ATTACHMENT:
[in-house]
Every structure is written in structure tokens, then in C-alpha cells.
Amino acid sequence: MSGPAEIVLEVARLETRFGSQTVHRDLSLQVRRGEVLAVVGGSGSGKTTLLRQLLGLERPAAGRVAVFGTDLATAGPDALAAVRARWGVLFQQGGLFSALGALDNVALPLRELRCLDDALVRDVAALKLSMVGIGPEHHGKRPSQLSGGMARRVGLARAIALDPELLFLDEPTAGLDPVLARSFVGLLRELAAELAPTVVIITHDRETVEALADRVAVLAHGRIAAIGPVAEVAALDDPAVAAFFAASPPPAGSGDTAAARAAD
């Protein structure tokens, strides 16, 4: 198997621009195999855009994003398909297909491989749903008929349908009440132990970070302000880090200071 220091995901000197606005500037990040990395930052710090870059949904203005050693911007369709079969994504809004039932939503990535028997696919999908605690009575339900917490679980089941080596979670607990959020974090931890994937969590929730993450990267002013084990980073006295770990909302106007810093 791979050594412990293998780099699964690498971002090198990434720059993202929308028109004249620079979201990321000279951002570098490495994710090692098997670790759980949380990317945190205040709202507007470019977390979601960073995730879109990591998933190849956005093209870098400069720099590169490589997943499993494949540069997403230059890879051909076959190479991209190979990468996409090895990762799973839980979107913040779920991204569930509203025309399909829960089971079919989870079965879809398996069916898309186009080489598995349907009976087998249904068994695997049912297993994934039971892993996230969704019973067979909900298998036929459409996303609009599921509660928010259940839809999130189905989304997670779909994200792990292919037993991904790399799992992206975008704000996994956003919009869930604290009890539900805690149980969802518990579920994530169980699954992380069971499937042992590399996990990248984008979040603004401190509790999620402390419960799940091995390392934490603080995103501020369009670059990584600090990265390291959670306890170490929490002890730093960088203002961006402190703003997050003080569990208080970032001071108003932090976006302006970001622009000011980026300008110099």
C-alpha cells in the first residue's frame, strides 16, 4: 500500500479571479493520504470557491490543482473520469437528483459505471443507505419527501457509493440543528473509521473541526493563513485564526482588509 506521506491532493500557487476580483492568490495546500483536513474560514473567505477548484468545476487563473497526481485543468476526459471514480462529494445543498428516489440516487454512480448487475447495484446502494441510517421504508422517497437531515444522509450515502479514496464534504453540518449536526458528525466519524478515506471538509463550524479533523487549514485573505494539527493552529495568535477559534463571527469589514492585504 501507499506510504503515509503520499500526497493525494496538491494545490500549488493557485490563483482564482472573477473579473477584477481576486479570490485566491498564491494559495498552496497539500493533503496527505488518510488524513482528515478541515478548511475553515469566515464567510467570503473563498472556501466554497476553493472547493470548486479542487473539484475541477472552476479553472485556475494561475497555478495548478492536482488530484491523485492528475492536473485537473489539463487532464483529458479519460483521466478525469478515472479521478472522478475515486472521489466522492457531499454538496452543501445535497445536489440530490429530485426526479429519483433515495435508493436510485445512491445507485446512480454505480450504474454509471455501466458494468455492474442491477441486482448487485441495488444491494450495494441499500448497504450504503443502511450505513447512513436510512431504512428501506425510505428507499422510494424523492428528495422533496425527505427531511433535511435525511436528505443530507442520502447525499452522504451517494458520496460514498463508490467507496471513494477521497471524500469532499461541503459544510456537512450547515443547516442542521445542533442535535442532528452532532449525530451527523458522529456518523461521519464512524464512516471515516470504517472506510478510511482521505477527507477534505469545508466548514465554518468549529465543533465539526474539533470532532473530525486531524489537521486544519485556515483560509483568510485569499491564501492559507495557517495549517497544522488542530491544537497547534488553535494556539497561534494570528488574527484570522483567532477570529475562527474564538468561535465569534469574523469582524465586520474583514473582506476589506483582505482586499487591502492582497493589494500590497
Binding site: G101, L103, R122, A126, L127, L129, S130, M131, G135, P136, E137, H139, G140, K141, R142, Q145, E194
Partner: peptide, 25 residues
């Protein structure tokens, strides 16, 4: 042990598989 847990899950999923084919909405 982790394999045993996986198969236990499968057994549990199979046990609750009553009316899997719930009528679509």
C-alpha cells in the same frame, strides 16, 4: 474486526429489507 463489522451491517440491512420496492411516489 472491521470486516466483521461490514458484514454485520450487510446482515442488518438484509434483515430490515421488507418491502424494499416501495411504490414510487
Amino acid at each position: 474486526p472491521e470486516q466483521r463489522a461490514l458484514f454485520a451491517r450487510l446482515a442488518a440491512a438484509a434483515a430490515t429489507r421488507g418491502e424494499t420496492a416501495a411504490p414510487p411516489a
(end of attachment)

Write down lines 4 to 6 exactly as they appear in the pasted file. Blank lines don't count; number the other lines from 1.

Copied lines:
């Protein structure tokens, strides 16, 4: 198997621009195999855009994003398909297909491989749903008929349908009440132990970070302000880090200071 220091995901000197606005500037990040990395930052710090870059949904203005050693911007369709079969994504809004039932939503990535028997696919999908605690009575339900917490679980089941080596979670607990959020974090931890994937969590929730993450990267002013084990980073006295770990909302106007810093 791979050594412990293998780099699964690498971002090198990434720059993202929308028109004249620079979201990321000279951002570098490495994710090692098997670790759980949380990317945190205040709202507007470019977390979601960073995730879109990591998933190849956005093209870098400069720099590169490589997943499993494949540069997403230059890879051909076959190479991209190979990468996409090895990762799973839980979107913040779920991204569930509203025309399909829960089971079919989870079965879809398996069916898309186009080489598995349907009976087998249904068994695997049912297993994934039971892993996230969704019973067979909900298998036929459409996303609009599921509660928010259940839809999130189905989304997670779909994200792990292919037993991904790399799992992206975008704000996994956003919009869930604290009890539900805690149980969802518990579920994530169980699954992380069971499937042992590399996990990248984008979040603004401190509790999620402390419960799940091995390392934490603080995103501020369009670059990584600090990265390291959670306890170490929490002890730093960088203002961006402190703003997050003080569990208080970032001071108003932090976006302006970001622009000011980026300008110099």
C-alpha cells in the first residue's frame, strides 16, 4: 500500500479571479493520504470557491490543482473520469437528483459505471443507505419527501457509493440543528473509521473541526493563513485564526482588509 506521506491532493500557487476580483492568490495546500483536513474560514473567505477548484468545476487563473497526481485543468476526459471514480462529494445543498428516489440516487454512480448487475447495484446502494441510517421504508422517497437531515444522509450515502479514496464534504453540518449536526458528525466519524478515506471538509463550524479533523487549514485573505494539527493552529495568535477559534463571527469589514492585504 501507499506510504503515509503520499500526497493525494496538491494545490500549488493557485490563483482564482472573477473579473477584477481576486479570490485566491498564491494559495498552496497539500493533503496527505488518510488524513482528515478541515478548511475553515469566515464567510467570503473563498472556501466554497476553493472547493470548486479542487473539484475541477472552476479553472485556475494561475497555478495548478492536482488530484491523485492528475492536473485537473489539463487532464483529458479519460483521466478525469478515472479521478472522478475515486472521489466522492457531499454538496452543501445535497445536489440530490429530485426526479429519483433515495435508493436510485445512491445507485446512480454505480450504474454509471455501466458494468455492474442491477441486482448487485441495488444491494450495494441499500448497504450504503443502511450505513447512513436510512431504512428501506425510505428507499422510494424523492428528495422533496425527505427531511433535511435525511436528505443530507442520502447525499452522504451517494458520496460514498463508490467507496471513494477521497471524500469532499461541503459544510456537512450547515443547516442542521445542533442535535442532528452532532449525530451527523458522529456518523461521519464512524464512516471515516470504517472506510478510511482521505477527507477534505469545508466548514465554518468549529465543533465539526474539533470532532473530525486531524489537521486544519485556515483560509483568510485569499491564501492559507495557517495549517497544522488542530491544537497547534488553535494556539497561534494570528488574527484570522483567532477570529475562527474564538468561535465569534469574523469582524465586520474583514473582506476589506483582505482586499487591502492582497493589494500590497
Binding site: G101, L103, R122, A126, L127, L129, S130, M131, G135, P136, E137, H139, G140, K141, R142, Q145, E194